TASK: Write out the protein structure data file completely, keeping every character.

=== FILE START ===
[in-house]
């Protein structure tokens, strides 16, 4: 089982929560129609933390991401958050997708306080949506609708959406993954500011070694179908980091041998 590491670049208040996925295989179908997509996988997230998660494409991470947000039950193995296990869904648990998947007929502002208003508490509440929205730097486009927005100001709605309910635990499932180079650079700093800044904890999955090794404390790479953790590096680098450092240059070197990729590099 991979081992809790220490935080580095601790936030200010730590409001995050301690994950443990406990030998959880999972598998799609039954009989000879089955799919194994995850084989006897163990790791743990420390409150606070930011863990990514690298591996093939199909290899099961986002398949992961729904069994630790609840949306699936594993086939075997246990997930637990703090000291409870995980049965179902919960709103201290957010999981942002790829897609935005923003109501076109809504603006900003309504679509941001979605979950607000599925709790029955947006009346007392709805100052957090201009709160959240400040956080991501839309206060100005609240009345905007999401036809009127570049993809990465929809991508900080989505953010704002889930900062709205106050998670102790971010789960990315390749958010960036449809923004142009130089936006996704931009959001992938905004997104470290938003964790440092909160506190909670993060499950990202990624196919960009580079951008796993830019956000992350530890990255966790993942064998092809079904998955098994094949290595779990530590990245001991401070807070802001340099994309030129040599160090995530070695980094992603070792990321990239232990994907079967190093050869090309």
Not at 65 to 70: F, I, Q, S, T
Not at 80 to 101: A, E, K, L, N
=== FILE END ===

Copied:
[in-house]
């Protein structure tokens, strides 16, 4: 089982929560129609933390991401958050997708306080949506609708959406993954500011070694179908980091041998 590491670049208040996925295989179908997509996988997230998660494409991470947000039950193995296990869904648990998947007929502002208003508490509440929205730097486009927005100001709605309910635990499932180079650079700093800044904890999955090794404390790479953790590096680098450092240059070197990729590099 991979081992809790220490935080580095601790936030200010730590409001995050301690994950443990406990030998959880999972598998799609039954009989000879089955799919194994995850084989006897163990790791743990420390409150606070930011863990990514690298591996093939199909290899099961986002398949992961729904069994630790609840949306699936594993086939075997246990997930637990703090000291409870995980049965179902919960709103201290957010999981942002790829897609935005923003109501076109809504603006900003309504679509941001979605979950607000599925709790029955947006009346007392709805100052957090201009709160959240400040956080991501839309206060100005609240009345905007999401036809009127570049993809990465929809991508900080989505953010704002889930900062709205106050998670102790971010789960990315390749958010960036449809923004142009130089936006996704931009959001992938905004997104470290938003964790440092909160506190909670993060499950990202990624196919960009580079951008796993830019956000992350530890990255966790993942064998092809079904998955098994094949290595779990530590990245001991401070807070802001340099994309030129040599160090995530070695980094992603070792990321990239232990994907079967190093050869090309």
Not at 65 to 70: F, I, Q, S, T
Not at 80 to 101: A, E, K, L, N